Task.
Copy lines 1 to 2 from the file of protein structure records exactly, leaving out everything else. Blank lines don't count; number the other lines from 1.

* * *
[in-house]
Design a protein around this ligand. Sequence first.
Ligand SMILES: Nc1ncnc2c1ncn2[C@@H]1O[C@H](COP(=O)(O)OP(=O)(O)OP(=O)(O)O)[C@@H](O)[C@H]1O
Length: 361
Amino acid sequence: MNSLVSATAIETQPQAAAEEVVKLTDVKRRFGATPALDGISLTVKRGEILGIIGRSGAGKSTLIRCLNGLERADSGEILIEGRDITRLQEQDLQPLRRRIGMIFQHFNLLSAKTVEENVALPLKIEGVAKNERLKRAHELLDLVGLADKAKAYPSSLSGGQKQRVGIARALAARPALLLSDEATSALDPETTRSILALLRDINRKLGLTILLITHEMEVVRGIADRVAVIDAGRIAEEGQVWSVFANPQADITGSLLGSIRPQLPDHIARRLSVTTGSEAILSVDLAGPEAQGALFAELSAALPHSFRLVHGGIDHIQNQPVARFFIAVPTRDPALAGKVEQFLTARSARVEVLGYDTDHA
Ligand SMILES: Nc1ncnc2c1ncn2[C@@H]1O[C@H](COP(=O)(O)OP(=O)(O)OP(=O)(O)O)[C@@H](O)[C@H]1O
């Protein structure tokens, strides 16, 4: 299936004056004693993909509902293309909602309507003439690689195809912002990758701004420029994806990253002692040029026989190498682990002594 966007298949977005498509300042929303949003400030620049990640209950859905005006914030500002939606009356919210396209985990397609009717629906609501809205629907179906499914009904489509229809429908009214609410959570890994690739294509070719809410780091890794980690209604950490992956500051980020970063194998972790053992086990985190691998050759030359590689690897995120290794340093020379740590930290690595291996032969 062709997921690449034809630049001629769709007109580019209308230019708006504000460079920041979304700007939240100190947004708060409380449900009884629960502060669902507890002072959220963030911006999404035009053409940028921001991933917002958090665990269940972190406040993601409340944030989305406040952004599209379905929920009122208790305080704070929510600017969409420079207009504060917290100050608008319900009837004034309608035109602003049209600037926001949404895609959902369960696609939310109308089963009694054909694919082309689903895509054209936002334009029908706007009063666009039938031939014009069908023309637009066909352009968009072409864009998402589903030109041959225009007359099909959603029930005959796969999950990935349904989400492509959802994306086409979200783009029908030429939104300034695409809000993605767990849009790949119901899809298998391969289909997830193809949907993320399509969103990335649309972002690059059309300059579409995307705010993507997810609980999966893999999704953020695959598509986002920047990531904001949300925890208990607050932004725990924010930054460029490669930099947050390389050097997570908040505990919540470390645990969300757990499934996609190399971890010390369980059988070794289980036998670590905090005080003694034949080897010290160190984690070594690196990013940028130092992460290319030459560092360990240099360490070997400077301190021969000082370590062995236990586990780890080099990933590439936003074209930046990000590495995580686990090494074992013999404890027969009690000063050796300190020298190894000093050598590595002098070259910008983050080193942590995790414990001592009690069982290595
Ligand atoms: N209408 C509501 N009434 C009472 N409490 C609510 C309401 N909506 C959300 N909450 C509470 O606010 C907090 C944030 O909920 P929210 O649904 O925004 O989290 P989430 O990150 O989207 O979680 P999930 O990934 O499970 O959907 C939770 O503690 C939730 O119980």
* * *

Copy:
[in-house]
Design a protein around this ligand. Sequence first.